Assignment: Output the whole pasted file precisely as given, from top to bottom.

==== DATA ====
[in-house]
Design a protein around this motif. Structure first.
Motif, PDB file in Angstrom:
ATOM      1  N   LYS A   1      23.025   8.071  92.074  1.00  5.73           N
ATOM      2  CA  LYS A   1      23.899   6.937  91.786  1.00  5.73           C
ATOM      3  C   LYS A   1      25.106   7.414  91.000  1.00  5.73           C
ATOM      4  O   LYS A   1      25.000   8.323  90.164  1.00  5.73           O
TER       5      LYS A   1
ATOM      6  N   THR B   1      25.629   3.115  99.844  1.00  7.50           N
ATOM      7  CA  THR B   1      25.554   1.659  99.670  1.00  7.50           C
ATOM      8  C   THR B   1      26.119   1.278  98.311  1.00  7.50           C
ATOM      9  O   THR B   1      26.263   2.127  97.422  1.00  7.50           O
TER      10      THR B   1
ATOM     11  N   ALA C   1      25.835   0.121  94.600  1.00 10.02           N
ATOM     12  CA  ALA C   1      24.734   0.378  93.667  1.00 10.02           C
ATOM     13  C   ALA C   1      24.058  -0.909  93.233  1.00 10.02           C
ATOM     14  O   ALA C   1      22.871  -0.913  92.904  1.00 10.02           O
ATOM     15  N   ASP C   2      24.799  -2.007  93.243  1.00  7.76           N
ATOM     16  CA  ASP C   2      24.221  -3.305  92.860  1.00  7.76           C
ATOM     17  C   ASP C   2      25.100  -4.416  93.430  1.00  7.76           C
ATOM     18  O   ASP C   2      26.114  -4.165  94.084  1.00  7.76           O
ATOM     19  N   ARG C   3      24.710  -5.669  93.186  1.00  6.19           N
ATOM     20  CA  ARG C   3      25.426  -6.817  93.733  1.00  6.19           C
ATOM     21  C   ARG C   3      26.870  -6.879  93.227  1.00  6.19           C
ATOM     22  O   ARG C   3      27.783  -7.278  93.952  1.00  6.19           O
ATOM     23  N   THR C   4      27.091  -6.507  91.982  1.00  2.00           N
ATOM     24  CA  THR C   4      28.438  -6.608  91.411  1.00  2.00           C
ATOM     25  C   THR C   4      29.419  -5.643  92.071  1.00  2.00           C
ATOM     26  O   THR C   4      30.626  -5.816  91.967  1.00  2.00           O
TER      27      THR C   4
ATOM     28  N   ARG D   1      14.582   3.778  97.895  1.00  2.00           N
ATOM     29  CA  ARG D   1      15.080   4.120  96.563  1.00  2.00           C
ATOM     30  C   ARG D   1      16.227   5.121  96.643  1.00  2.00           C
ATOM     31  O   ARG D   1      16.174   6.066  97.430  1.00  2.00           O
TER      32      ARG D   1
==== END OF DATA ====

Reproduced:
[in-house]
Design a protein around this motif. Structure first.
Motif, PDB file in Angstrom:
ATOM      1  N   LYS A   1      23.025   8.071  92.074  1.00  5.73           N
ATOM      2  CA  LYS A   1      23.899   6.937  91.786  1.00  5.73           C
ATOM      3  C   LYS A   1      25.106   7.414  91.000  1.00  5.73           C
ATOM      4  O   LYS A   1      25.000   8.323  90.164  1.00  5.73           O
TER       5      LYS A   1
ATOM      6  N   THR B   1      25.629   3.115  99.844  1.00  7.50           N
ATOM      7  CA  THR B   1      25.554   1.659  99.670  1.00  7.50           C
ATOM      8  C   THR B   1      26.119   1.278  98.311  1.00  7.50           C
ATOM      9  O   THR B   1      26.263   2.127  97.422  1.00  7.50           O
TER      10      THR B   1
ATOM     11  N   ALA C   1      25.835   0.121  94.600  1.00 10.02           N
ATOM     12  CA  ALA C   1      24.734   0.378  93.667  1.00 10.02           C
ATOM     13  C   ALA C   1      24.058  -0.909  93.233  1.00 10.02           C
ATOM     14  O   ALA C   1      22.871  -0.913  92.904  1.00 10.02           O
ATOM     15  N   ASP C   2      24.799  -2.007  93.243  1.00  7.76           N
ATOM     16  CA  ASP C   2      24.221  -3.305  92.860  1.00  7.76           C
ATOM     17  C   ASP C   2      25.100  -4.416  93.430  1.00  7.76           C
ATOM     18  O   ASP C   2      26.114  -4.165  94.084  1.00  7.76           O
ATOM     19  N   ARG C   3      24.710  -5.669  93.186  1.00  6.19           N
ATOM     20  CA  ARG C   3      25.426  -6.817  93.733  1.00  6.19           C
ATOM     21  C   ARG C   3      26.870  -6.879  93.227  1.00  6.19           C
ATOM     22  O   ARG C   3      27.783  -7.278  93.952  1.00  6.19           O
ATOM     23  N   THR C   4      27.091  -6.507  91.982  1.00  2.00           N
ATOM     24  CA  THR C   4      28.438  -6.608  91.411  1.00  2.00           C
ATOM     25  C   THR C   4      29.419  -5.643  92.071  1.00  2.00           C
ATOM     26  O   THR C   4      30.626  -5.816  91.967  1.00  2.00           O
TER      27      THR C   4
ATOM     28  N   ARG D   1      14.582   3.778  97.895  1.00  2.00           N
ATOM     29  CA  ARG D   1      15.080   4.120  96.563  1.00  2.00           C
ATOM     30  C   ARG D   1      16.227   5.121  96.643  1.00  2.00           C
ATOM     31  O   ARG D   1      16.174   6.066  97.430  1.00  2.00           O
TER      32      ARG D   1